With 58 injured survivors and 12 fatalities, the Paramedics who responded to the Aurora theatre on July 20, 2012 were dealt a chaotic scene. The professional job in front of them was immense, to say nothing of how they must have been feeling on a personal level.

(Photo: Karl Gehring/The Denver Post )

To get some perspective on what an event such as this is like for a Paramedic, I headed to our Top Fire & EMT Blog: Rescuing Providence.  Rescuing Providence is run by Captain Morse, is a Rescue Captain in Providence.

On his site site, Captain Morse has posted his thoughts and responses to Aurora, speaking as an EMT. I’ve included a few particularly poignant excerpts here, but head to Rescuing Providence to read the text in full.

When sorting through the bodies, and separating the living from the dead, then prioritizing those who survived, and those who probably will not, focus is key. Having a job to do, one that years of training and experience has prepared you for makes the images and sounds manageable, work to be done, wounds to heal, lives to save.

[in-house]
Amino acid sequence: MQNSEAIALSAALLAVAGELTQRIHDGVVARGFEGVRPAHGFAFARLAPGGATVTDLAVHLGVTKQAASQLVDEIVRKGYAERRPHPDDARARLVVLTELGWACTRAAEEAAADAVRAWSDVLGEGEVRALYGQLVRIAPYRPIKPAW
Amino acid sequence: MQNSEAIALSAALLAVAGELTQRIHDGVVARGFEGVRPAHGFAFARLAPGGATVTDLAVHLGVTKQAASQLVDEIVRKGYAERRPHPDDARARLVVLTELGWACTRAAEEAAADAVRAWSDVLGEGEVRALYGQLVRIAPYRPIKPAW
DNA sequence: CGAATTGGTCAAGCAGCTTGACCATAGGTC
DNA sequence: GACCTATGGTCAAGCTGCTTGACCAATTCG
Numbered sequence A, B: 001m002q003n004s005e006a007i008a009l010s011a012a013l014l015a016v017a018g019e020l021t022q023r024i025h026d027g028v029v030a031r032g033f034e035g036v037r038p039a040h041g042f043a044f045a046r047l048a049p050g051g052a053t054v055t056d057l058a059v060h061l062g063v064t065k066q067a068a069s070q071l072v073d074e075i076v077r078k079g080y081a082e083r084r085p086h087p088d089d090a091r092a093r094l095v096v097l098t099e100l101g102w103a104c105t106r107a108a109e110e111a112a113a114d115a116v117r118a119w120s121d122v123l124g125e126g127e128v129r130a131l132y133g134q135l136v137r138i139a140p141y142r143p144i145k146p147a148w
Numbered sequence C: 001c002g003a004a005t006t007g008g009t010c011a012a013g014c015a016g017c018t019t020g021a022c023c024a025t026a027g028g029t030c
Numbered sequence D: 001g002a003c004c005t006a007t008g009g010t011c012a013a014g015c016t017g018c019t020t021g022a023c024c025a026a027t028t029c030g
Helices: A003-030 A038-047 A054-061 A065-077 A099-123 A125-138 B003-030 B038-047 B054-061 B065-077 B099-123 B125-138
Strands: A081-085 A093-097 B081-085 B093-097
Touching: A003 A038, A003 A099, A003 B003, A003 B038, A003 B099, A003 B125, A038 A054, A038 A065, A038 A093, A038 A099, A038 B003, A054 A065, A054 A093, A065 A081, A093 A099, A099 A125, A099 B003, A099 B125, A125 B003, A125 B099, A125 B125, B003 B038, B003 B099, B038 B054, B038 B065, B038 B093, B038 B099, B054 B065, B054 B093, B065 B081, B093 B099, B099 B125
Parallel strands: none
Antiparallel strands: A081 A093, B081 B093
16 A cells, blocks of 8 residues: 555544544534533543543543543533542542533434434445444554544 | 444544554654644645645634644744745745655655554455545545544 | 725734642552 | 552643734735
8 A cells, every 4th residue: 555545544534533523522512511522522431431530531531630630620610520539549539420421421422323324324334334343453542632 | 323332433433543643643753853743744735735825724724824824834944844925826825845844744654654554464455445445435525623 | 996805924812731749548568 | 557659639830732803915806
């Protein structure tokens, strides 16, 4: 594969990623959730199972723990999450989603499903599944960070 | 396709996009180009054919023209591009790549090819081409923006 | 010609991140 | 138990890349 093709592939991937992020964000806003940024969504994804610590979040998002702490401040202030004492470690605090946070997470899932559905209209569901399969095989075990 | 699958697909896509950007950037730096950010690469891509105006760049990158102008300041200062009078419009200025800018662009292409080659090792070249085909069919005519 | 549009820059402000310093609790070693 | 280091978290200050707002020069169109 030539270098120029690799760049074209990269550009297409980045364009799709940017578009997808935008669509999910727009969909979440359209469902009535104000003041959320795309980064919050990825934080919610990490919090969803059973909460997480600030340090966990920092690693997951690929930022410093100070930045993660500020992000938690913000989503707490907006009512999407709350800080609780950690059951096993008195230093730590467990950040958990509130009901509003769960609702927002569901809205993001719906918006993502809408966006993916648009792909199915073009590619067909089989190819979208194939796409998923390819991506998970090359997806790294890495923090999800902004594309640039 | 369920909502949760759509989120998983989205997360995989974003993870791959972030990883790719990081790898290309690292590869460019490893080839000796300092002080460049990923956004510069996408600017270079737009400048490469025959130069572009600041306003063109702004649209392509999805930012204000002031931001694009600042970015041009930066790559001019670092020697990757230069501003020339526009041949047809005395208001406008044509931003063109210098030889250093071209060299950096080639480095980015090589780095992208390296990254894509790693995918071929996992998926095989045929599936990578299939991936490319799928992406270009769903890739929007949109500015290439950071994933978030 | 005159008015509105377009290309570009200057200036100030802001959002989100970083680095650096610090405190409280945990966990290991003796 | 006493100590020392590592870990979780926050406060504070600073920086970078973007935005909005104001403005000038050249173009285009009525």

Moments such as those in Aurora, Colorado will never happened to the vast majority of people. These are isolated incidents, pockets of madness that crept up on some other people. But those people do exist, and they are no different from you or I, had no warning, have no answers and will live the rest of their lives flashing back to those pivotal moments.

Now that the shooting is over, and the healing begins, people will look to the police, medics, nurses, doctors and firefighters who responded to the scene for direction. How we act, and how we cope, and how we get on with our lives is of vital importance to those poor souls drowning in an ocean of grief.

There is always more work to do.

To read Captain Morse’s post in full, click here.

Our sincere Thanks to Captain Morse for allowing us to reproduce parts of his post in this blog posting.


California Casualty

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